Earlier this month, I noticed that a few of my Facebook friends were posting a link to a Wall Street Journal post titled What Do Workers Want from the Boss?
The article describes the results of a Gallup study showing that employees want communication, a trusting relationship, and clear measurement standards from their immediate supervisor.
I messaged some of my friends to learn why they posted the article. They all replied that the findings matched their own experience and they wanted to share. In fact, each of them told me about how a negative experience in one of these areas had resulted in their search for a new place to work.
That’s pretty sad.
The findings identified in the Gallup study are consistent with those uncovered through research by The Ken Blanchard Companies on the subject of Employee Work Passion. We frame these elements as Connectedness with Leader, Feedback, and Performance Expectations. Blanchard research shows that when there are significant gaps between what employees expect and what they actually experience at work in these areas (as well as nine others), their intentions to stay with the organization, perform at a high level, apply extra discretionary effort, be a good organizational citizen, or endorse the company to others are lowered.
That’s even sadder!
Here’s the good news. Leaders can help create the type of environment people are looking for at work. One strategy we recommend for all leaders is to increase the frequency and quality of their conversations with their direct reports.
A good way to start is by scheduling a special type of one-on-one meeting in addition to performance review meetings. In this meeting, the direct report is responsible for setting the agenda and capturing the required action steps. The manager’s job is to simply show up and listen.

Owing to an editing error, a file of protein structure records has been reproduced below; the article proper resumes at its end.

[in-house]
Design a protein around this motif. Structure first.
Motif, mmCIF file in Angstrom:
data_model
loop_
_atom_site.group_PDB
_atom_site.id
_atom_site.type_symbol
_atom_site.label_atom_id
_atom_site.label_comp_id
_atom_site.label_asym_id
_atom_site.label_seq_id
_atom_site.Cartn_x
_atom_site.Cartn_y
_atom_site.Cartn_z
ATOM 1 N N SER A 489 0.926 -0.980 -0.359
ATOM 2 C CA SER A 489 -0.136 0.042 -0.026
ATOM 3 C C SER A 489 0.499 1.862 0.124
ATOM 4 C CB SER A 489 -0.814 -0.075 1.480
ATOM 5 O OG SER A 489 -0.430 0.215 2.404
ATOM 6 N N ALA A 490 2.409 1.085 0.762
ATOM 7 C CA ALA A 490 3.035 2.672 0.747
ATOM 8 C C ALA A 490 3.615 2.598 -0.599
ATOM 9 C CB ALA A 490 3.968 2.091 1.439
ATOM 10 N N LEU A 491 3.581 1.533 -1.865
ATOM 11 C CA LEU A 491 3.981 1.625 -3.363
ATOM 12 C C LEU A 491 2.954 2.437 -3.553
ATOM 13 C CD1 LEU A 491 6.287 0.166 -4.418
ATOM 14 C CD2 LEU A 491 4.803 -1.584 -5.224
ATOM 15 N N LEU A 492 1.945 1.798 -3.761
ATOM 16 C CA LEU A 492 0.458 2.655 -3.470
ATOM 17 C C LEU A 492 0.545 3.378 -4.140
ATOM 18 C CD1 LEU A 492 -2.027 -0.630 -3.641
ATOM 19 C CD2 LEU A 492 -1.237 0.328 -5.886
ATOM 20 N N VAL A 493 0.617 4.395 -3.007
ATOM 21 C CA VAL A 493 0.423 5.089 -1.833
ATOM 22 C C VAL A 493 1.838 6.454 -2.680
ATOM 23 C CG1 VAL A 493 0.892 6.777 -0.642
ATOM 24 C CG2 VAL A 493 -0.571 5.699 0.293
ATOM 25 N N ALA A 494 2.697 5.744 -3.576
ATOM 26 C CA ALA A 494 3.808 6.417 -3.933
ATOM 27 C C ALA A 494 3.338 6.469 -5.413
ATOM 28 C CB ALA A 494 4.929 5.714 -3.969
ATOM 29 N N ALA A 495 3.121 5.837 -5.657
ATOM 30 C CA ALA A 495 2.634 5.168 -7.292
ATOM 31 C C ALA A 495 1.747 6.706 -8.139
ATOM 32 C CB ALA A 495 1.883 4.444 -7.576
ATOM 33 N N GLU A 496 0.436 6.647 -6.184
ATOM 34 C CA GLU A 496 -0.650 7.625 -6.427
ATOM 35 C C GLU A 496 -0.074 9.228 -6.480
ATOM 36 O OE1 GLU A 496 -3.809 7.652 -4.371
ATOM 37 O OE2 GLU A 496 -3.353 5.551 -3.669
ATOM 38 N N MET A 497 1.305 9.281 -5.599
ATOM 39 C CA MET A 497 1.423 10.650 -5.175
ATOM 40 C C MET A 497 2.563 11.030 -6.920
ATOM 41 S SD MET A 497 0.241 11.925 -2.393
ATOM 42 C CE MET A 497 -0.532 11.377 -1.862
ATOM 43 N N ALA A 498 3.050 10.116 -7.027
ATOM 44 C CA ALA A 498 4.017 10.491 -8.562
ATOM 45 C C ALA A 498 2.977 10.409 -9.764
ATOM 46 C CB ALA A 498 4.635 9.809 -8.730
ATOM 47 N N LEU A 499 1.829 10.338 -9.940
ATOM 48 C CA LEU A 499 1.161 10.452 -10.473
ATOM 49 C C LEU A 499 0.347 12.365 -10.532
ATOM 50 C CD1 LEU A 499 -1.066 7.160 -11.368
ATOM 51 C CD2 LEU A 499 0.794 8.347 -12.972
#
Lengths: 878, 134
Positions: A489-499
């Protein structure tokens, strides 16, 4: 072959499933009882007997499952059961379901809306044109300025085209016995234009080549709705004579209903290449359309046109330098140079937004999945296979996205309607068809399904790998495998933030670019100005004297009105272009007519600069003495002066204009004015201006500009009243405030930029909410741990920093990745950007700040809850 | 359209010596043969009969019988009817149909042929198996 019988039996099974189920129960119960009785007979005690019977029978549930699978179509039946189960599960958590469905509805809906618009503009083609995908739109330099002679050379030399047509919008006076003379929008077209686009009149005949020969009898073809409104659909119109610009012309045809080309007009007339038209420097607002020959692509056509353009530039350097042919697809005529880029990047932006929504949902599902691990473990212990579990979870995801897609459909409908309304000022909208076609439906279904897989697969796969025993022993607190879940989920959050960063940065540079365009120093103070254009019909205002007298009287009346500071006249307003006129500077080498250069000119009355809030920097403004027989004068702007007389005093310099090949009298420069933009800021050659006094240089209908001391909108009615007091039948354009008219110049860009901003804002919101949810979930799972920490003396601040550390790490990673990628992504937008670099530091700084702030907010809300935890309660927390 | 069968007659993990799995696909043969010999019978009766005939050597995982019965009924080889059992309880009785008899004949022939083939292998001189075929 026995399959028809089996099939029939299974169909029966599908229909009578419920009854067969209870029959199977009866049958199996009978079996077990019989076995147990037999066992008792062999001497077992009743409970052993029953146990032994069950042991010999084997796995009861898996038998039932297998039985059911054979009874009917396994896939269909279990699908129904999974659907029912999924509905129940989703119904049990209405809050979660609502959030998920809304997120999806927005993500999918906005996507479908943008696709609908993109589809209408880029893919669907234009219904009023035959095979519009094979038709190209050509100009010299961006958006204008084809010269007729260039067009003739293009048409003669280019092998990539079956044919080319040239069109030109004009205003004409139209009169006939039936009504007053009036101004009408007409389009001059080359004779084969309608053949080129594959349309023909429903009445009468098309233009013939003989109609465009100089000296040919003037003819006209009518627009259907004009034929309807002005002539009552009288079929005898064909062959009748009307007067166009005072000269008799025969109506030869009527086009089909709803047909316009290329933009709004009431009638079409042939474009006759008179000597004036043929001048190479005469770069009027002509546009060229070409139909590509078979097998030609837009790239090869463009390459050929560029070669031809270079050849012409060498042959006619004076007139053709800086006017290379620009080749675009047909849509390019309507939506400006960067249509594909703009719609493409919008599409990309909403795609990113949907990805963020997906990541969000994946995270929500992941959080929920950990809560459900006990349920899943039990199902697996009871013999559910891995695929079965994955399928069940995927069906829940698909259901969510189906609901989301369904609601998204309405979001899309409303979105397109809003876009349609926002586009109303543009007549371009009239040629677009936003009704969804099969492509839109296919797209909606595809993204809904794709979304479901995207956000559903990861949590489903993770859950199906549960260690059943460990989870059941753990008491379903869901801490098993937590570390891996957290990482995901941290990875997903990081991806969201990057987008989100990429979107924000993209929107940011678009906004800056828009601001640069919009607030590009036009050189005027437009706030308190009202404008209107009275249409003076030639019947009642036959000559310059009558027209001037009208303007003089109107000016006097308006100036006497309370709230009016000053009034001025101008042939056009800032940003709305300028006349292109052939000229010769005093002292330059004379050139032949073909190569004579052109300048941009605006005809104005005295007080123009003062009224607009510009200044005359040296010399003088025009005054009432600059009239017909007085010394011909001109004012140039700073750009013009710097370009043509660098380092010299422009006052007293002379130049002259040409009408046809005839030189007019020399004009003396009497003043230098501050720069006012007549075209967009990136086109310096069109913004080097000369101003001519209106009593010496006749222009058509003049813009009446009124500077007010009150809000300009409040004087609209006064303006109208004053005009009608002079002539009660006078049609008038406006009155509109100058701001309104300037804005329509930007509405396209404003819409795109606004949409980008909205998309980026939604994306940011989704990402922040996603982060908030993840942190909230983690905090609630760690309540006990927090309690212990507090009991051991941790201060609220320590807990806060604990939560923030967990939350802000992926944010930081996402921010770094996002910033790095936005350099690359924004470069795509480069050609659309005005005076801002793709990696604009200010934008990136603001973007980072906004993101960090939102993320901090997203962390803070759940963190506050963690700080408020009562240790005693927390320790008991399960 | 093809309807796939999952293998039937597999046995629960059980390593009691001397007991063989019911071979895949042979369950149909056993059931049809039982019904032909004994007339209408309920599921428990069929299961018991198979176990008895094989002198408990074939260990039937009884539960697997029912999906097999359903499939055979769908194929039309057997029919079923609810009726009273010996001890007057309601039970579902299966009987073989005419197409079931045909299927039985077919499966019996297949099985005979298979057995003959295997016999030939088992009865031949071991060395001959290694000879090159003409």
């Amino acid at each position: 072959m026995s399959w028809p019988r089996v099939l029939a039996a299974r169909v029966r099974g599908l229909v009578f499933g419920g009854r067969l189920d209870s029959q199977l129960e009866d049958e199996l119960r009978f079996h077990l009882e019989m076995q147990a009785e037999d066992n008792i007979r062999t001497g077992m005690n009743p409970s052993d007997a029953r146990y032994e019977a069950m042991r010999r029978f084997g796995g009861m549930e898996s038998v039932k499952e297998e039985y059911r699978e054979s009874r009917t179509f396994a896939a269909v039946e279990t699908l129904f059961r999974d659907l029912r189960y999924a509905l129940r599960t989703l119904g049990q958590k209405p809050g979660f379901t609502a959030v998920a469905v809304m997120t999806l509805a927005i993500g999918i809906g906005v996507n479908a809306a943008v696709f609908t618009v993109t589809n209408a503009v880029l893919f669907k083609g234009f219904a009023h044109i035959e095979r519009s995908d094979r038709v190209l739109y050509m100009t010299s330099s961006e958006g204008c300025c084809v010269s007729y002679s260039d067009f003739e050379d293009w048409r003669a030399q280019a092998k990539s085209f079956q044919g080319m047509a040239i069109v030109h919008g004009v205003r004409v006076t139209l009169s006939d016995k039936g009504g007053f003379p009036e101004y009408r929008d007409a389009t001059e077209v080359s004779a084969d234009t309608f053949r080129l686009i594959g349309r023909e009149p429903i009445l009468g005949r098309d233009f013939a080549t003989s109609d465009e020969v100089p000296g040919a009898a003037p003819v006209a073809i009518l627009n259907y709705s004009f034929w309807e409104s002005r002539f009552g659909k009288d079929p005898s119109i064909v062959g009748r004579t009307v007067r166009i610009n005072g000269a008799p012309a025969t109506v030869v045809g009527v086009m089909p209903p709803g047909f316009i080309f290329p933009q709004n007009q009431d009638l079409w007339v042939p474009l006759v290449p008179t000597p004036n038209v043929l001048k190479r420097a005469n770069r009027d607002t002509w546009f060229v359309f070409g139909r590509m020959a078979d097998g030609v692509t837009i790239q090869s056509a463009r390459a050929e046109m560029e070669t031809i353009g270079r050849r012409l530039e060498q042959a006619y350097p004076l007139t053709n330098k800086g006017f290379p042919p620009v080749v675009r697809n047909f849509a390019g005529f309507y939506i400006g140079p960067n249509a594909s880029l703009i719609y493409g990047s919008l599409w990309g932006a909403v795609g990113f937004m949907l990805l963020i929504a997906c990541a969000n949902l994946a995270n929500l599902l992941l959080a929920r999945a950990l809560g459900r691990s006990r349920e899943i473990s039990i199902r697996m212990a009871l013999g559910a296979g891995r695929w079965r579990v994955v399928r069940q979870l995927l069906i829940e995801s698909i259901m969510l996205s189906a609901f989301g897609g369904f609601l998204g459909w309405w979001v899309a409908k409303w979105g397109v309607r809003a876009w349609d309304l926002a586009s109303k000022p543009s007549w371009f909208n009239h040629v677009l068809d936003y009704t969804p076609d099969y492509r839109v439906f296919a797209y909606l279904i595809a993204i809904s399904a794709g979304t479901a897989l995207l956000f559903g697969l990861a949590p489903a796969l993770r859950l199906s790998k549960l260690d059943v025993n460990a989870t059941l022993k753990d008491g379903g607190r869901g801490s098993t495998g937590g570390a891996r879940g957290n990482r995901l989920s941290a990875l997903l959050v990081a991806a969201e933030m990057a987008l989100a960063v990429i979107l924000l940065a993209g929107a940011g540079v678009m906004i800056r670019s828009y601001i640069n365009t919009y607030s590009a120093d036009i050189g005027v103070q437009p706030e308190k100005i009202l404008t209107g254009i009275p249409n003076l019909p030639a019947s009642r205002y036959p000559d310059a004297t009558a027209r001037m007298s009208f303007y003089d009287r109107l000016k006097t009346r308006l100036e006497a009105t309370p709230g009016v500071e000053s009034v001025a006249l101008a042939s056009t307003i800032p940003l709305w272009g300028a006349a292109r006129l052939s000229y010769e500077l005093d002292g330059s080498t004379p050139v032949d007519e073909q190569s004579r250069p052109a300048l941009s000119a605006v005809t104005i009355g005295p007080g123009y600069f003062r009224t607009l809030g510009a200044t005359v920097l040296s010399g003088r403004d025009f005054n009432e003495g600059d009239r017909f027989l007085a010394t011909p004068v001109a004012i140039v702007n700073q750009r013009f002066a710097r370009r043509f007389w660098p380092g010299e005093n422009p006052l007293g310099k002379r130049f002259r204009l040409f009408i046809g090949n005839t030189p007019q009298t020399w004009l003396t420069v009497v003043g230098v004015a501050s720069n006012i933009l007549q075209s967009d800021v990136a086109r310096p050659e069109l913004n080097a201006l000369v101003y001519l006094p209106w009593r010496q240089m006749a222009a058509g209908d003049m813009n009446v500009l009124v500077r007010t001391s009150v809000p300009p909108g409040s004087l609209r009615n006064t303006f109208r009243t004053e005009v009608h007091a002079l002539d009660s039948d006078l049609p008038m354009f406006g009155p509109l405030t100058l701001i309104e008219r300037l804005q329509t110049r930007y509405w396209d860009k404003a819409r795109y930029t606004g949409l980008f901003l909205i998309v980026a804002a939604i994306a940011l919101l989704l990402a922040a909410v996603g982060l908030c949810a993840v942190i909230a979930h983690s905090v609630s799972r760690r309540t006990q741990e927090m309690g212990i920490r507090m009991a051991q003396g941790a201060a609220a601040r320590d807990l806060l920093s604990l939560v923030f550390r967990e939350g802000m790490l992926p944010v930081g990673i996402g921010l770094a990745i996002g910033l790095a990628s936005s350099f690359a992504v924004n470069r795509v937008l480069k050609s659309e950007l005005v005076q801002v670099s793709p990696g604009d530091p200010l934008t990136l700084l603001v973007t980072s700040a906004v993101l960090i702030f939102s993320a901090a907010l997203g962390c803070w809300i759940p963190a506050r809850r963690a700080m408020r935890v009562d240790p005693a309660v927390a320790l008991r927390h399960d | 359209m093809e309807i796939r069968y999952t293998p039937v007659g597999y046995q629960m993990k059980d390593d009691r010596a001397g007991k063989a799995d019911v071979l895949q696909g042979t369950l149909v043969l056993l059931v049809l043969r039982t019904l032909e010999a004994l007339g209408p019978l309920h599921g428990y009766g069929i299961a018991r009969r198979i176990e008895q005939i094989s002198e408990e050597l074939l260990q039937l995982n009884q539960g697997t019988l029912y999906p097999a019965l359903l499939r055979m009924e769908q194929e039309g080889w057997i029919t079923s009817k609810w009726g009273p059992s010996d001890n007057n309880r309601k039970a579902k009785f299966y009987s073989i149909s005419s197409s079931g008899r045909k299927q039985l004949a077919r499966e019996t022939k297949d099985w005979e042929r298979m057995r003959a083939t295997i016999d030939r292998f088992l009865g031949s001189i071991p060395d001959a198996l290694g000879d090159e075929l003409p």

This kind of meeting helps in many ways. The leader shows an interest and commitment to the employee’s success by listening to what is working well and providing feedback in areas where the employee needs help. And by taking the time to clarify performance expectations, the leader demonstrates to the employee that not only is their work important, it also plays a valuable role in achieving overall organization objectives.
What can you do to create connection, provide better feedback, and set clearer performance expectations with your people? As my Facebook friends point out, we all could benefit from better communication with our leaders.
For more ideas, be sure to read the Blanchard white papers, Ten Performance Management Process Gaps, Are Employees’ Needs Being Met by One-on-Ones?, and Employee Work Passion: Connecting the Dots. They are all available, free of charge, from the Blanchard research archives.
About the Author
Mary Ellen Sailer, Ed.D., is a Coaching Solutions Partner with The Ken Blanchard Companies’ Coaching Services team. Since 2000, Blanchard’s 130 coaches have worked with over 14,500 individuals in more than 250 companies throughout the world. Learn more at Blanchard Coaching Services. And check out Coaching Tuesday every week at Blanchard LeaderChat for ideas, research, and inspirations from the world of executive coaching.